III. Work in pairs. Tell your partner why Nobel decided against a Nobel Prize in mathematics.



a.Give the most common reasons.

b. Listen to your partner and help. Add more information.

 

DO YOU KNOW THAT

- The Wilks Memorial Award is awarded by the American Statistical Association to recognize outstanding contributions to statistics. It was established in 1964 and is awarded yearly. It is named in memory of the statistician Samuel Wilks. The award consists of a medal, a citation a cash honorarium (US $1500 in 2009)

 

IV. Do you know anything about Halbert L. Dunn Award or Stewhart Medal?

Search for information about these Awards and share it with students of your group.

Text 7

Reading and Speaking

MAJOR AWARDS IN MATHEMATICS

The obverse of the Fields Medal The reverse of the Fields Medal

A. FIELDS MEDAL

    The Fields Medal is often described as the ‘Nobel Prize of Mathematics‘ for the prestige it carries, though in most other ways the relatively new Abel Prize is a more direct analogue. Founded at the behest of Canadian mathematician John Charles Fields, the medal was first awarded in 1936, to Finnish mathematician Lars Ahlfors and American mathematician Jesse Douglas, and has been awarded every four years (in contrast with the Nobel Prize) since 1950. The Medal also has an age limit: a recipient’s 40th birthday must not occur before the first of January of the year in which the Fields Medal is awarded. As a result some great mathematicians have missed it by having done their best work (or having had their work recognized) too late. The 40-year rule is based on Fields’desire that... while it was in recognition of work already done, it was at the same time intended to be an encouragement for further achievements of the recipients and a stimulus for other people to renew their efforts.

    The monetary award is much lower than the roughly US $1.5 million given with each Nobel Prize. Finally, Fields Medals have generally been awarded for a body of work, rather than for a particular result; and instead of a direct citation there is a speech of congratulation.

    Other major awards in mathematics, such as the Abel Prize, recognize lifetime achievement, again making them different in kind from the Nobel ones, although the Abel has a large monetary prize like a Nobel. The Fields Medal has the prestige of the selection by the IMU, which represents the world mathematical community

 

I. Match the words (1 –7) with their definitions/explanations (a–g):

1 at sb’s behest a statement mentioned and given to support an argument
2 award b almost correct amount or estimate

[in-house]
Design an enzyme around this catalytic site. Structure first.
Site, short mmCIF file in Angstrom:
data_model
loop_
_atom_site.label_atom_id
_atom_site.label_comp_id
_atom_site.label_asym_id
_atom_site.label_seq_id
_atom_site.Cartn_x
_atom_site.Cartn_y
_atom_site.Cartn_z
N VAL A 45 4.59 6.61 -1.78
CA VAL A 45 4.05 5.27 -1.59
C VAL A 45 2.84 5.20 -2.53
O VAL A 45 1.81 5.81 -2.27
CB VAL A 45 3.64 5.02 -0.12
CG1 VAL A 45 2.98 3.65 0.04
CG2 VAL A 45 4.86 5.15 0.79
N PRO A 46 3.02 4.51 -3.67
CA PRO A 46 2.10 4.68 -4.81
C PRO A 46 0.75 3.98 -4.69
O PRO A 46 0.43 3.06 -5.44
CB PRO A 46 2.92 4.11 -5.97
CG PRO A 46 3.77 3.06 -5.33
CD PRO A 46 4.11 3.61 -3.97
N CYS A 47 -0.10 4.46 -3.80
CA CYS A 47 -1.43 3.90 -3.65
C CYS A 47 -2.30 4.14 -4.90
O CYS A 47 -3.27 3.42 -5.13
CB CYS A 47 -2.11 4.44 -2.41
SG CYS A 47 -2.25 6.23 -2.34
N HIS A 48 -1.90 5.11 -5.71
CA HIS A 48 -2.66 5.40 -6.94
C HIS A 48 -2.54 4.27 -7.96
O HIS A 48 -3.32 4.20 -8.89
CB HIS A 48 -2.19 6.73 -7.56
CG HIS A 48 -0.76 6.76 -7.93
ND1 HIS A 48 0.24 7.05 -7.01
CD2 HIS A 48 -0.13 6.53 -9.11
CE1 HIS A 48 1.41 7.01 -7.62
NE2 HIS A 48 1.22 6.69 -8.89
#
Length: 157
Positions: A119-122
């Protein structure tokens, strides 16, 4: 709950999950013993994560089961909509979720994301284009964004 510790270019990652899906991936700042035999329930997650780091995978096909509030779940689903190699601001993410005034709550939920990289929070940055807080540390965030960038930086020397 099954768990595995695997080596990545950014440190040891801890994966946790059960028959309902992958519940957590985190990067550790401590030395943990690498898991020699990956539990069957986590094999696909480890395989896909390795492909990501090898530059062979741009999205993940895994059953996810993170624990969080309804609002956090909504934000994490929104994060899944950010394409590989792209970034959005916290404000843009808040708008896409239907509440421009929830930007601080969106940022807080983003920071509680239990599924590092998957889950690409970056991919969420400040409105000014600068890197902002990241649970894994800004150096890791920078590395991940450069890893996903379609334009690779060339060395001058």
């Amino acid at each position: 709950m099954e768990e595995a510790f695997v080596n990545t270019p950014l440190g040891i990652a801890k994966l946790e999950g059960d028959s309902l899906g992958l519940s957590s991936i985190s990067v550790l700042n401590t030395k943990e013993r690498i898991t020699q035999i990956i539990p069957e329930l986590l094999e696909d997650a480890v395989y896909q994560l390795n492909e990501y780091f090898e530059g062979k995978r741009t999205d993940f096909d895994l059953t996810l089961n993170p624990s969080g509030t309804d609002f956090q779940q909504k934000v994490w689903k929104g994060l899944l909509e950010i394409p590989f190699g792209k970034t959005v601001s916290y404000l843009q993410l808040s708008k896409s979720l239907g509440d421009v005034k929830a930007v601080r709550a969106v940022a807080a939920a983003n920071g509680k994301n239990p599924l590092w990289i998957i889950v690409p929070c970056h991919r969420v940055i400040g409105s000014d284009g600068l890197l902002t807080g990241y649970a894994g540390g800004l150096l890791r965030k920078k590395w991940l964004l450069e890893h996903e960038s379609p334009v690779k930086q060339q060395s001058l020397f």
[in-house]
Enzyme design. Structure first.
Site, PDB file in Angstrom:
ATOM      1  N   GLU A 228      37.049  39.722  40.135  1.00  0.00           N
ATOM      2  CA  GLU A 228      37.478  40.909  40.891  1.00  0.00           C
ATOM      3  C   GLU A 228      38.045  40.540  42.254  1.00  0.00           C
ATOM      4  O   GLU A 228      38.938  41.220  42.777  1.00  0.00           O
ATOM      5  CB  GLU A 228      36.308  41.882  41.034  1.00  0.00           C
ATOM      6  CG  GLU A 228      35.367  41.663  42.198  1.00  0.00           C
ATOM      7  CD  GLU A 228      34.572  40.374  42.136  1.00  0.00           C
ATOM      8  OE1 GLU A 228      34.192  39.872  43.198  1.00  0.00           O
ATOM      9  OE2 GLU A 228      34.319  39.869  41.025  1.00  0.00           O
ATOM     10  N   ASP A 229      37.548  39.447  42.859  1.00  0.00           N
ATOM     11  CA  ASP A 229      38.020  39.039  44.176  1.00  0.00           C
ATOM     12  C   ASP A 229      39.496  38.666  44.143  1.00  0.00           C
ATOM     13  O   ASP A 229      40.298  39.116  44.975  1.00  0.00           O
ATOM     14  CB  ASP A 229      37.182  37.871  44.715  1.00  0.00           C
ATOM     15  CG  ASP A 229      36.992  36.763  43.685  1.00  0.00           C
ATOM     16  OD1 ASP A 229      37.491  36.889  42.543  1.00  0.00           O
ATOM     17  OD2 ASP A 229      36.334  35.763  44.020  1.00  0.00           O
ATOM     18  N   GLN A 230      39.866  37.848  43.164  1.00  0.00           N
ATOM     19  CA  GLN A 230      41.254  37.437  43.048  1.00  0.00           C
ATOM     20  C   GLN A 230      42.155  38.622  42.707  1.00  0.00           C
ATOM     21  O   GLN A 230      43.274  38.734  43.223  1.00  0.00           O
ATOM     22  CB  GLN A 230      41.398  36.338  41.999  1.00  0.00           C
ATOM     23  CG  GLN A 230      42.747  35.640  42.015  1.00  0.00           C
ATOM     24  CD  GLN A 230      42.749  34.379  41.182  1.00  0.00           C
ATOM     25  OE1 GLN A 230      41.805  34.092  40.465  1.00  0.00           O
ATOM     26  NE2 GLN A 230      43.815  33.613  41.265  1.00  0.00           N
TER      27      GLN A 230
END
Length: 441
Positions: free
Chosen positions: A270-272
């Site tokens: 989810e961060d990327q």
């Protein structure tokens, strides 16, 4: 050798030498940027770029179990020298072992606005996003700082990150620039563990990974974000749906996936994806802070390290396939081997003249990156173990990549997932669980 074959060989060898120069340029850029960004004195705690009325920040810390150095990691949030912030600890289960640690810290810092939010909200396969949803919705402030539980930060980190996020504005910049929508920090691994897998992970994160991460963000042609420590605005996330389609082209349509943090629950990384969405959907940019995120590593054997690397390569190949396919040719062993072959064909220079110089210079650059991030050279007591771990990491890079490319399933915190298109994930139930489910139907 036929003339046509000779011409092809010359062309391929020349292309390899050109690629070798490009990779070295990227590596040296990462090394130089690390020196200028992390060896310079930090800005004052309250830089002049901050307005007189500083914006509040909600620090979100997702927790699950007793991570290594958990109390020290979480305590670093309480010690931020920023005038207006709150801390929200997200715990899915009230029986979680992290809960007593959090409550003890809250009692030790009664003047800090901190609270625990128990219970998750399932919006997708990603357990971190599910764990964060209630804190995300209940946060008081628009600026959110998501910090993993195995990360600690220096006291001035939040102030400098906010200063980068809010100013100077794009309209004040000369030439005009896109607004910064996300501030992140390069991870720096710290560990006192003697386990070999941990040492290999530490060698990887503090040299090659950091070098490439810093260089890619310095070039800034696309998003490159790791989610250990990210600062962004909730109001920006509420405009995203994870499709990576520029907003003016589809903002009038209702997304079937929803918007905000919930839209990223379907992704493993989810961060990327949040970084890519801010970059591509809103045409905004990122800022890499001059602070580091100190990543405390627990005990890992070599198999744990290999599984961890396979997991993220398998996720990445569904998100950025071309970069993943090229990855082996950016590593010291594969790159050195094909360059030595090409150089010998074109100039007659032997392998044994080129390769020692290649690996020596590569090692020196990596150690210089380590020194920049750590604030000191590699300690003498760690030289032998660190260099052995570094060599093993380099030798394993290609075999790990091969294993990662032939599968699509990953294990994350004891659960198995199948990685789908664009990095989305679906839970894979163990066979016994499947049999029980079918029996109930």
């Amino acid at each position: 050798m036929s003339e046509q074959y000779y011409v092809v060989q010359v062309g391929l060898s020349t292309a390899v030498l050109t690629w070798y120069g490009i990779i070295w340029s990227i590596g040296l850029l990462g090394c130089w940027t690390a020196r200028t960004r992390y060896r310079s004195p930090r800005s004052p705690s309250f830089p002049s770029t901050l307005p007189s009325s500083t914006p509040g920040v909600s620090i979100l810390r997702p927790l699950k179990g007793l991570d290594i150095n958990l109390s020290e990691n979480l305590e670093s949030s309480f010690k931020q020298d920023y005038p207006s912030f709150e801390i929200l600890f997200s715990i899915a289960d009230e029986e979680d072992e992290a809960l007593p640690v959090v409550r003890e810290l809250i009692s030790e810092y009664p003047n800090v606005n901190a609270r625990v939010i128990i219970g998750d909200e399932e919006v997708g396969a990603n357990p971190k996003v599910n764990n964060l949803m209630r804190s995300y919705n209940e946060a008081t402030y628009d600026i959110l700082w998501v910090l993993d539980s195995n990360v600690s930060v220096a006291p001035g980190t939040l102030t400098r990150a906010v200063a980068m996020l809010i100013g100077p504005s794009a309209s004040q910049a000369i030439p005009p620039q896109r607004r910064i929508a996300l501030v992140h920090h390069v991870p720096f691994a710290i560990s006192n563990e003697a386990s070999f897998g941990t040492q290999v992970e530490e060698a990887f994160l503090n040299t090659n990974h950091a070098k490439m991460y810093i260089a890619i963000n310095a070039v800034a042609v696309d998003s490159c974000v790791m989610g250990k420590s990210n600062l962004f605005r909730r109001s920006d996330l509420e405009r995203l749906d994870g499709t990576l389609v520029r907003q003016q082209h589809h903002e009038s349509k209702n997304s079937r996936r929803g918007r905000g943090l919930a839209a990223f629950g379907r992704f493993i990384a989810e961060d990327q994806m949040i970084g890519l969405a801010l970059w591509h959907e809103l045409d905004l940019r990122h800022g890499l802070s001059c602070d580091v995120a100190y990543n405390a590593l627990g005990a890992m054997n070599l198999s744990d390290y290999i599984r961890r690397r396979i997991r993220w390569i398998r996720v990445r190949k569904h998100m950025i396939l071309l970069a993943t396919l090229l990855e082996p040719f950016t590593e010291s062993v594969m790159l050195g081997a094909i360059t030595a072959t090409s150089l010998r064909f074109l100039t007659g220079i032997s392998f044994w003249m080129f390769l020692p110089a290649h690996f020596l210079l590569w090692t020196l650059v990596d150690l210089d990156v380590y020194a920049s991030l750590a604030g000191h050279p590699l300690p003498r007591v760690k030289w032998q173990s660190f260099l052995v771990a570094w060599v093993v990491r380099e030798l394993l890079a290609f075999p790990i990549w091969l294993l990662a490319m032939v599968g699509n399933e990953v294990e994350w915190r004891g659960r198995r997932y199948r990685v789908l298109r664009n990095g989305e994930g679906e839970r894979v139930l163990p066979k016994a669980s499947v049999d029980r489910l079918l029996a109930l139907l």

3 achievement c a prize given as the result of decision
4 recipient d on sb’s orders
5 citation e sth done successfully, with effort and skill
6 approximately f courage or confidence to do sth
7 encouragement g person who receives

II. Look at these words. Why are they important in this text?

John Charles Fields; since 1950; a recipient’s 40th birthday; US $1.5 million.

 

B. ABEL PRIZE

    The Abel Prize is an international prize presented annually by the King of Norway to one or more outstanding mathematicians. The prize is named after Norwegian mathematician Niels Henrik Abel (1802–1829). In 2001, after interest in the prize had risen, a working group was formed to develop a proposal, which was presented to the prime minister of Norway in May. In August 2001, the Norwegian government announced that the prize would be awarded beginning in 2002, the two-hundredth anniversary of Abel’s birth. The first prize was actually awarded in 2003. It has often been described as the ‘mathematician’s Nobel‘ prize and is among the most prestigious awards in mathematics. It comes with a monetary award of six million kroner, which is approx. (2010) €740,000 or US $992,000. The Norwegian Academy of Science and Letters annually declares the winner of the Abel Prize after selection by a committee of five international mathematicians. The committee is headed by Kristian Seip. The amount of money that comes with the prize is usually close to one million dollars, similar to the Nobel Prize, which is awarded in Sweden and Norway and excludes mathematics. Norway gave the prize that was about US $23,000,000 in 2001. The prize is an attempt to create publicity for mathematics, to make the discipline more prestigious, especially for young people.

    The prize board has also established an Abel symposium, administered by the Norwegian Mathematical Society.

    A book series recently commenced, with one volume every five years, will present the Abel Prize laureates and their research. The first volume covers the years 2003–2007.


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